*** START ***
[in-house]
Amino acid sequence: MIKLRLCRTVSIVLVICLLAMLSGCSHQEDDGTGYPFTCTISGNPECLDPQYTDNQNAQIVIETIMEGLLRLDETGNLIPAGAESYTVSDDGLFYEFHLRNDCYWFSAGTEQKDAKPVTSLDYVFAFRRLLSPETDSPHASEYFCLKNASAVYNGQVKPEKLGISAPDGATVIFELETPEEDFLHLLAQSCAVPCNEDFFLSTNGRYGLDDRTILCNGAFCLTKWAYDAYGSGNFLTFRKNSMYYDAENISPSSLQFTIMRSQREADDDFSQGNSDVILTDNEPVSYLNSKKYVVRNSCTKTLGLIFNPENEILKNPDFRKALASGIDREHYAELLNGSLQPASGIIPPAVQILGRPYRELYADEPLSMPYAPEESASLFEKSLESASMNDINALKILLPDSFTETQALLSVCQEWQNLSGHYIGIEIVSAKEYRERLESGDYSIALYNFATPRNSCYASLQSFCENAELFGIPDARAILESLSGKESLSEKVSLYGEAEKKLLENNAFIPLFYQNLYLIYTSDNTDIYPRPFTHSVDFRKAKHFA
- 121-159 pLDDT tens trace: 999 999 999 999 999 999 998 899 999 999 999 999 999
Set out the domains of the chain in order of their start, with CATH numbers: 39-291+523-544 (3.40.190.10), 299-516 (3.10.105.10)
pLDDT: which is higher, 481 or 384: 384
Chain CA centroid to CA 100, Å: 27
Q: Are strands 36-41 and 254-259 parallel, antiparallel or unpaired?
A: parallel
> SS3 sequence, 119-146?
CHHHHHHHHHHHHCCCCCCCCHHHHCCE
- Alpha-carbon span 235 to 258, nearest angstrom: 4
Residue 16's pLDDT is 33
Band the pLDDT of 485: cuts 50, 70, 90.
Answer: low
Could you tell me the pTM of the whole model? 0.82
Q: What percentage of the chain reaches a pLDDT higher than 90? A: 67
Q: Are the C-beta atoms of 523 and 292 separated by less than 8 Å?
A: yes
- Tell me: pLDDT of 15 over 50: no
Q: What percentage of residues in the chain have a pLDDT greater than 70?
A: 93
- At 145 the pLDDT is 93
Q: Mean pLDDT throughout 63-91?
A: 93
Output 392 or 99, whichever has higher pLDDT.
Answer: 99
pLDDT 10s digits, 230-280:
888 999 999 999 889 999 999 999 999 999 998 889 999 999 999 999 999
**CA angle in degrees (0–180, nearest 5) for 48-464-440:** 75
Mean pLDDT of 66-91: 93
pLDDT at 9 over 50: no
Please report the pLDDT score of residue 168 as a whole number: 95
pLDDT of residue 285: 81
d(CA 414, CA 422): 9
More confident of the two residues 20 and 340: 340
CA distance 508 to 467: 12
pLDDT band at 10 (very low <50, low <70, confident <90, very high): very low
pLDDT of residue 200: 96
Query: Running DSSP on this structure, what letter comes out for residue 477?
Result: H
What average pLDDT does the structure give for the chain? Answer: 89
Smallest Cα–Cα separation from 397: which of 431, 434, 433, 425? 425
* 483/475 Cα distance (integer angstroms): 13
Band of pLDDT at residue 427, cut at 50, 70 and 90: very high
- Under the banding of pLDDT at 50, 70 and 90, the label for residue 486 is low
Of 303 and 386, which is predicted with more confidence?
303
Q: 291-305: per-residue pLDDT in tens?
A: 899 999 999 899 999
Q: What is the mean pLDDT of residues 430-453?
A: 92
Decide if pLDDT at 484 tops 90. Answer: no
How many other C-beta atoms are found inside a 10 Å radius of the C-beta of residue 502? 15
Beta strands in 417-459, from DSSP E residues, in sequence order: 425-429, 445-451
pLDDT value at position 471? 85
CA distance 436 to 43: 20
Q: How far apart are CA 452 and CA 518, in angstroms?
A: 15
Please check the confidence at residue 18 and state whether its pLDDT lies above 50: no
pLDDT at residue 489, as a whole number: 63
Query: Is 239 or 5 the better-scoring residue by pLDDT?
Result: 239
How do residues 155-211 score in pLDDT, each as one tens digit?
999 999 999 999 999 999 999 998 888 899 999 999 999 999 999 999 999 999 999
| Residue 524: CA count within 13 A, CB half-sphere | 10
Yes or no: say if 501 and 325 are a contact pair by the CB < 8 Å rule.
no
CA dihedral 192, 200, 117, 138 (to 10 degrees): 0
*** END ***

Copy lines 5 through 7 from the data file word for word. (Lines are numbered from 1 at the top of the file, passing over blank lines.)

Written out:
pLDDT: which is higher, 481 or 384: 384
Chain CA centroid to CA 100, Å: 27
Q: Are strands 36-41 and 254-259 parallel, antiparallel or unpaired?